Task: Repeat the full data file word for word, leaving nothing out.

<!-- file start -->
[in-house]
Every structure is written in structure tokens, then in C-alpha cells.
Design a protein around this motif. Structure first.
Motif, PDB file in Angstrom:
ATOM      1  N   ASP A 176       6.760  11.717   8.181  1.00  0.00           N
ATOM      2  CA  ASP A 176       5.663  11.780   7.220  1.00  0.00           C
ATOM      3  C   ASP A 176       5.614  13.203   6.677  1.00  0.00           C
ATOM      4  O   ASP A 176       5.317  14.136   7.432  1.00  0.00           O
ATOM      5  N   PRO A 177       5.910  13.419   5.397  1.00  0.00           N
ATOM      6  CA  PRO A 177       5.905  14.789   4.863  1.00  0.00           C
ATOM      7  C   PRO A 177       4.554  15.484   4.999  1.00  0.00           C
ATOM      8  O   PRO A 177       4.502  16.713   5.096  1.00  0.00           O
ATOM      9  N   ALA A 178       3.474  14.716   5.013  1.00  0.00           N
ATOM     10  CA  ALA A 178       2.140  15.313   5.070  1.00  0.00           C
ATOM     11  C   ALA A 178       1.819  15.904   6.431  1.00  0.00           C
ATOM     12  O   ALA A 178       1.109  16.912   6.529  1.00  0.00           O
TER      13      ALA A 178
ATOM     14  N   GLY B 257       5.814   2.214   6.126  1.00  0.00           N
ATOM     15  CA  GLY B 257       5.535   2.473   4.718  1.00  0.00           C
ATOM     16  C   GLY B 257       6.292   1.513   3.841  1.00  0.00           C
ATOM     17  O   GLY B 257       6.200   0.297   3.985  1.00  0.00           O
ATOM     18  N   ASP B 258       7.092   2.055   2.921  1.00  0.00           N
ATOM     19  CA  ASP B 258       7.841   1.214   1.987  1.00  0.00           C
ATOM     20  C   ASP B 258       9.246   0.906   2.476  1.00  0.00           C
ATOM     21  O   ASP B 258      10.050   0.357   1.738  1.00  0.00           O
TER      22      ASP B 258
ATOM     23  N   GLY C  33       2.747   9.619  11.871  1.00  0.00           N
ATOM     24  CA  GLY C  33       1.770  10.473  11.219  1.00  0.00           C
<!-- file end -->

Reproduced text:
[in-house]
Every structure is written in structure tokens, then in C-alpha cells.
Design a protein around this motif. Structure first.
Motif, PDB file in Angstrom:
ATOM      1  N   ASP A 176       6.760  11.717   8.181  1.00  0.00           N
ATOM      2  CA  ASP A 176       5.663  11.780   7.220  1.00  0.00           C
ATOM      3  C   ASP A 176       5.614  13.203   6.677  1.00  0.00           C
ATOM      4  O   ASP A 176       5.317  14.136   7.432  1.00  0.00           O
ATOM      5  N   PRO A 177       5.910  13.419   5.397  1.00  0.00           N
ATOM      6  CA  PRO A 177       5.905  14.789   4.863  1.00  0.00           C
ATOM      7  C   PRO A 177       4.554  15.484   4.999  1.00  0.00           C
ATOM      8  O   PRO A 177       4.502  16.713   5.096  1.00  0.00           O
ATOM      9  N   ALA A 178       3.474  14.716   5.013  1.00  0.00           N
ATOM     10  CA  ALA A 178       2.140  15.313   5.070  1.00  0.00           C
ATOM     11  C   ALA A 178       1.819  15.904   6.431  1.00  0.00           C
ATOM     12  O   ALA A 178       1.109  16.912   6.529  1.00  0.00           O
TER      13      ALA A 178
ATOM     14  N   GLY B 257       5.814   2.214   6.126  1.00  0.00           N
ATOM     15  CA  GLY B 257       5.535   2.473   4.718  1.00  0.00           C
ATOM     16  C   GLY B 257       6.292   1.513   3.841  1.00  0.00           C
ATOM     17  O   GLY B 257       6.200   0.297   3.985  1.00  0.00           O
ATOM     18  N   ASP B 258       7.092   2.055   2.921  1.00  0.00           N
ATOM     19  CA  ASP B 258       7.841   1.214   1.987  1.00  0.00           C
ATOM     20  C   ASP B 258       9.246   0.906   2.476  1.00  0.00           C
ATOM     21  O   ASP B 258      10.050   0.357   1.738  1.00  0.00           O
TER      22      ASP B 258
ATOM     23  N   GLY C  33       2.747   9.619  11.871  1.00  0.00           N
ATOM     24  CA  GLY C  33       1.770  10.473  11.219  1.00  0.00           C